In the UK, broadly speaking there are two types of school-leaver. There are those who leave reluctantly because school life enriched them. Usually they have the next years mapped out and an idea of the direction their lives will take. And then there are those who walk out of the school gates for the last time whooping and cheering because for them, school was a chore; something that was done to them, rather than a process they engaged in and benefitted from.
They may not have achieved good grades and are maybe unsure of what lies ahead, but like all young people they are full of potential. Ultimately however, the education system, with its preoccupation with standards of attainment and grades, failed to help these pupils realise that potential.
I was one of the latter. School and I did not get on. Rote learning did not inspire me. I was bored. I clowned around and was seen as an underachiever. I left with a school report that read: ‘Stephanie is always the class joker and does well when she has centre stage, though she needs to learn that joking and clowning around is not a career option’. Given those sentiments it was with a sense of destiny that I eventually drifted into stand-up comedy.
Today, the smoky, male-dominated comedy club circuit is behind me and I run my own successful business. My 10-year comedy career evolved into a vocation, which is still based on laughter and humour but is now more person-focused and is about helping others to be happy, to achieve more and to think, feel and work better. While learning my stage-craft, I realised that laughter and humour are the key to getting by in life. They help people gain perspective and become more resilient, confident and happier.
I studied the psychology of humour and, ten years ago, founded Laughology; a development company and also a psychological toolkit. At the time the idea of using laughter and humour to develop happiness and well-being in organisations was ahead of the curve. Eyebrows were raised. Today we are experience a happiness enlightenment. Governments across the world are taking happiness seriously, realising that happiness and well-being should be at the core of public policy because individuals and organisations are better, healthier and more productive when they are happy.
Given my experiences in school, I started to consider how the Laughology model could be used to help pupils and school staff. In the UK there is a crisis in education. Government policy is preoccupied with exam results and tick-box measurements and inspections. The result is an epidemic of anxiety and disaffection in teaching staff which affects pupils. Many school leavers lack the skills to face the world outside the school gates, and depart education without confidence, social skills or the resilience to bounce back from rejection.
Using my own studies into the psychology of happiness, I pioneered the Happy-Centred Schools programme. It teaches happiness as a life skill and addresses some of the factors that lead to pupil disenfranchisement, such as self-belief, confidence and resilience.
Critics may argue that it is not a school’s place to teach happiness. In my opinion that is a short sighted viewpoint. Happy people thrive in adversity. Happy pupils are more engaged and studies prove that humour and happiness help people learn. The pilot Happy-Centred Schools programme ran in a challenging school in an underprivileged town near London. After the first year, SAT’s results had improved by 20 percent. The head teacher acknowledged that the programme was one of the major factors in this improvement.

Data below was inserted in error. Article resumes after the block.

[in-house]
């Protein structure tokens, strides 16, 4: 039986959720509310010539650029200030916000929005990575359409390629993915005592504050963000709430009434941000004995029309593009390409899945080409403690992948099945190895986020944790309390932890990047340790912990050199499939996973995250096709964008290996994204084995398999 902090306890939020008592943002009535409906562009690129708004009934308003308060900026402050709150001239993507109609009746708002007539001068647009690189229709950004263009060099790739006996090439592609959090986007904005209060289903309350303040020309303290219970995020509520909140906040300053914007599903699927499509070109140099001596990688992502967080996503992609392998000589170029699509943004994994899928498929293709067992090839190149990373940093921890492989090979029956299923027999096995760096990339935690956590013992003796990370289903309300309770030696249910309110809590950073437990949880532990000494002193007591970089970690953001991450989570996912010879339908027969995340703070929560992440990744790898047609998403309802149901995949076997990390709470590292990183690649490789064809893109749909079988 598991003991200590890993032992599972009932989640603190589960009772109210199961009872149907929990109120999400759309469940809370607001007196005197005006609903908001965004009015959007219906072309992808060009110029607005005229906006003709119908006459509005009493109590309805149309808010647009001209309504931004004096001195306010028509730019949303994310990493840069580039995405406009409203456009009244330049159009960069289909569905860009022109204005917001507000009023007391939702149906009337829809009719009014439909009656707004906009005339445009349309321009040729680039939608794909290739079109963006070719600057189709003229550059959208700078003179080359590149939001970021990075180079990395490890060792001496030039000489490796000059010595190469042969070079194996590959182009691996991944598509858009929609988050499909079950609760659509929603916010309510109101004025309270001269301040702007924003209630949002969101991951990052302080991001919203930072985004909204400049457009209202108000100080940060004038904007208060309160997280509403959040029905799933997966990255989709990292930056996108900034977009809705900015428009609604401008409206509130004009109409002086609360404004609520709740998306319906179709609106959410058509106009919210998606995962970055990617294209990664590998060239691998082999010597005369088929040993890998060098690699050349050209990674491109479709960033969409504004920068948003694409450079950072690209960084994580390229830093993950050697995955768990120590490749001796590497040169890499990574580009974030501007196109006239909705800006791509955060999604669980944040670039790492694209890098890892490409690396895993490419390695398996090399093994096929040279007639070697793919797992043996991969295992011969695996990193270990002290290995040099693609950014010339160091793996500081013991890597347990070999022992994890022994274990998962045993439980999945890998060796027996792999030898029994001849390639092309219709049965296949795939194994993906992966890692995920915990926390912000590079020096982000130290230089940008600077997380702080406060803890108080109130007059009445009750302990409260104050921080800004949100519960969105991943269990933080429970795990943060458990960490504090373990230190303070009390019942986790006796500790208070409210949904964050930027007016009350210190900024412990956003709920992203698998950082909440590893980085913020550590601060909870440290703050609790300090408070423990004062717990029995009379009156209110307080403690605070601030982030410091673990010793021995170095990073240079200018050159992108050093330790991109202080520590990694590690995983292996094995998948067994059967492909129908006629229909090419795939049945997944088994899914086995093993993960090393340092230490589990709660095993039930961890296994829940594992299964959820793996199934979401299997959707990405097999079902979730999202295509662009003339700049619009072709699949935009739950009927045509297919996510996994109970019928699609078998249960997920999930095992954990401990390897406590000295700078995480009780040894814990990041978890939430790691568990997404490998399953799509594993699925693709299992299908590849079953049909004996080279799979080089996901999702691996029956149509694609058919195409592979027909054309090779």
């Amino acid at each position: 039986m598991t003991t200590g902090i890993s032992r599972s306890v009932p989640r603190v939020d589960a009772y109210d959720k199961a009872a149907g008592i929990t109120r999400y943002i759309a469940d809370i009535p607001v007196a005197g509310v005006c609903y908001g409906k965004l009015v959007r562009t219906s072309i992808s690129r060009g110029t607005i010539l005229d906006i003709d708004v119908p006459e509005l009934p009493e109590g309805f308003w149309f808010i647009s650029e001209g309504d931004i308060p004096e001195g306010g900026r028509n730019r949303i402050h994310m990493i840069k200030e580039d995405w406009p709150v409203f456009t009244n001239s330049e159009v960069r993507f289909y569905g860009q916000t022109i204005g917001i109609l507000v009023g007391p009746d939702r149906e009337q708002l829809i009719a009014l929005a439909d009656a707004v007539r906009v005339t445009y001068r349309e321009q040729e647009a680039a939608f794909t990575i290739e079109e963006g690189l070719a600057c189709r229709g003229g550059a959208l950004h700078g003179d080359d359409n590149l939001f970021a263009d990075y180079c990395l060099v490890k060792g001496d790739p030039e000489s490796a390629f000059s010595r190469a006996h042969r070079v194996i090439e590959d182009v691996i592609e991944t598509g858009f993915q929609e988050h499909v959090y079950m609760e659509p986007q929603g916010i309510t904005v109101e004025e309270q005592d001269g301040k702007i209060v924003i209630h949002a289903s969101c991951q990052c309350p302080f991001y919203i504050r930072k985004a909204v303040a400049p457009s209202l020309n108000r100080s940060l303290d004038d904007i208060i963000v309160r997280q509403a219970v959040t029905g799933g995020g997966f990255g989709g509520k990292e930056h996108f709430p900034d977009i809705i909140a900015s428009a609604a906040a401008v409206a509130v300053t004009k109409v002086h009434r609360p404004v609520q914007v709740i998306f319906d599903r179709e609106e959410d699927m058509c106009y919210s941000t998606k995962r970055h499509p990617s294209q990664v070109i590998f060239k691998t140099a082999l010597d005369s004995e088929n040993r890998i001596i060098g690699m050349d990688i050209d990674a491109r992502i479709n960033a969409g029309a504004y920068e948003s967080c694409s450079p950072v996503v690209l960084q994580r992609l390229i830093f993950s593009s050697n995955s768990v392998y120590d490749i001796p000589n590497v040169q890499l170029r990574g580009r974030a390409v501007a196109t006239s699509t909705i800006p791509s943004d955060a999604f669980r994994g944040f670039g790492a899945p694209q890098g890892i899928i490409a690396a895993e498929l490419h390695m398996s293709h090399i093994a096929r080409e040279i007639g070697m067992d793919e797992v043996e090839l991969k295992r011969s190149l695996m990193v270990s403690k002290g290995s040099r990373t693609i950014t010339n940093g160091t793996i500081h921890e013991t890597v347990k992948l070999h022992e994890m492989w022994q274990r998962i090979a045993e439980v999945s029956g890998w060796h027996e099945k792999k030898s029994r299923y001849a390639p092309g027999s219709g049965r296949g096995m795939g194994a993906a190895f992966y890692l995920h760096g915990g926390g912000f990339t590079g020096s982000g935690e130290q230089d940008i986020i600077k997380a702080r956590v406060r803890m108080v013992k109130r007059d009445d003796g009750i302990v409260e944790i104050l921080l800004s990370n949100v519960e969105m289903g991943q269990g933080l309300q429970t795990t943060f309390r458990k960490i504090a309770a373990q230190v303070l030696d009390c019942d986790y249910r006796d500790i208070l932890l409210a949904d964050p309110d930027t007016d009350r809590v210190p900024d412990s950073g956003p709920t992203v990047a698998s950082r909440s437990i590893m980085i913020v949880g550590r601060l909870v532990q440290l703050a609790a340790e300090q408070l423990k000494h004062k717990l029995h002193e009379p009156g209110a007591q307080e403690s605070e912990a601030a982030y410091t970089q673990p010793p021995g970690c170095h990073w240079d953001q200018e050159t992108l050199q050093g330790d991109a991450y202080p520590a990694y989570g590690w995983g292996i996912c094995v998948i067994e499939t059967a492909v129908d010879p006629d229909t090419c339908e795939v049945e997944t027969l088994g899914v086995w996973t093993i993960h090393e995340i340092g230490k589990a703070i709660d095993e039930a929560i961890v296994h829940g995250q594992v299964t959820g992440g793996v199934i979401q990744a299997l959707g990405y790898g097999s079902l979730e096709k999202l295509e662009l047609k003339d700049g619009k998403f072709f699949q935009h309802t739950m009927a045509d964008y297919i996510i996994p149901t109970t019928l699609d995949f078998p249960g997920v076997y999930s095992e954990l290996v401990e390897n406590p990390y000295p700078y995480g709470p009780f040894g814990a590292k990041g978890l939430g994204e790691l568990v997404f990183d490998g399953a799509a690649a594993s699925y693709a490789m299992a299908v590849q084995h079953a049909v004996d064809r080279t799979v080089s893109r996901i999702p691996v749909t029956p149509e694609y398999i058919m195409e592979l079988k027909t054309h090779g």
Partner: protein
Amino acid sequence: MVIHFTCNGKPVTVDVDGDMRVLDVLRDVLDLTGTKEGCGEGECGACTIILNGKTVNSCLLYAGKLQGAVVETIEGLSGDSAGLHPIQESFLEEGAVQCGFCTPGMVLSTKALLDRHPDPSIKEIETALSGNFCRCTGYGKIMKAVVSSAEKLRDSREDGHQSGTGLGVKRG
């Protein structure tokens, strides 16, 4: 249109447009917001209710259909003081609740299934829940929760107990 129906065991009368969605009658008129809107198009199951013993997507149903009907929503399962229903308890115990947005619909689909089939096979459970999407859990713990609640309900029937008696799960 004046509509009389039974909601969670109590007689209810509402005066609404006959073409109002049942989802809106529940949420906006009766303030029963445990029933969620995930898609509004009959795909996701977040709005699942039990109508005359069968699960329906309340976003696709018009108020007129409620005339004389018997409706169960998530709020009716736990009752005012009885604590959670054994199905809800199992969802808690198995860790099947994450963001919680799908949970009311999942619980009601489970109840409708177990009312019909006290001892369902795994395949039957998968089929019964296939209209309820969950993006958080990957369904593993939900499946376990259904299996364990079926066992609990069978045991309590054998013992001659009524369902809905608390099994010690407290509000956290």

Currently the project is unique in the UK, we work with several primary schools and aim to develop into secondary education. The positive education movement is gaining momentum thanks to fellow pioneers who believe that academic attainment and character virtue development are equally important rather than mutually exclusive. After all, a school system where leavers depart with confidence, motivation, resilience and happy memories is certainly an ideal to strive for.
Having and giving support is one of the most important things we can do. Support networks help us rationalise issues, talk through problems and find solutions. Helping others also gives us a sense of purpose and increases problem solving and social skills.
Techniques to help us cope with life’s challenges help us be more resilient, happier and determined. Having a good sense of humour is key and helps us to see life in a different way and make mistakes valuable to growing and learning.
Learning is a challenge that delivers rewards in education and throughout life. Learning increases our understanding of many different things and gives us confidence in many ways. Understanding how to self-manage our learning and set goals for achievement and success helps us take control and understand our own ability to continually learn and develop.
Confidence is a key skill. It helps us face challenges and cope with events. Confidence is also a behaviour and a thought process. Acting confidently makes you feel confident and makes others perceive you as confident.
In surveys having good friends regularly comes out as the most important aspect of having a happy life. You don’t have to be best friends with someone to have a positive relationship. It’s about being consistent and knowing how to build sustain and manage relationships and your role and responsibility it doing so.
At Laughology we understand when you increase these skills sets you increase an individual’s ability to flourish in life. You can read more about Laughology at www.laughology.co.uk and find out more about the Laughology philosophy and model in the book Laughology – Improve your life with the science of laughter.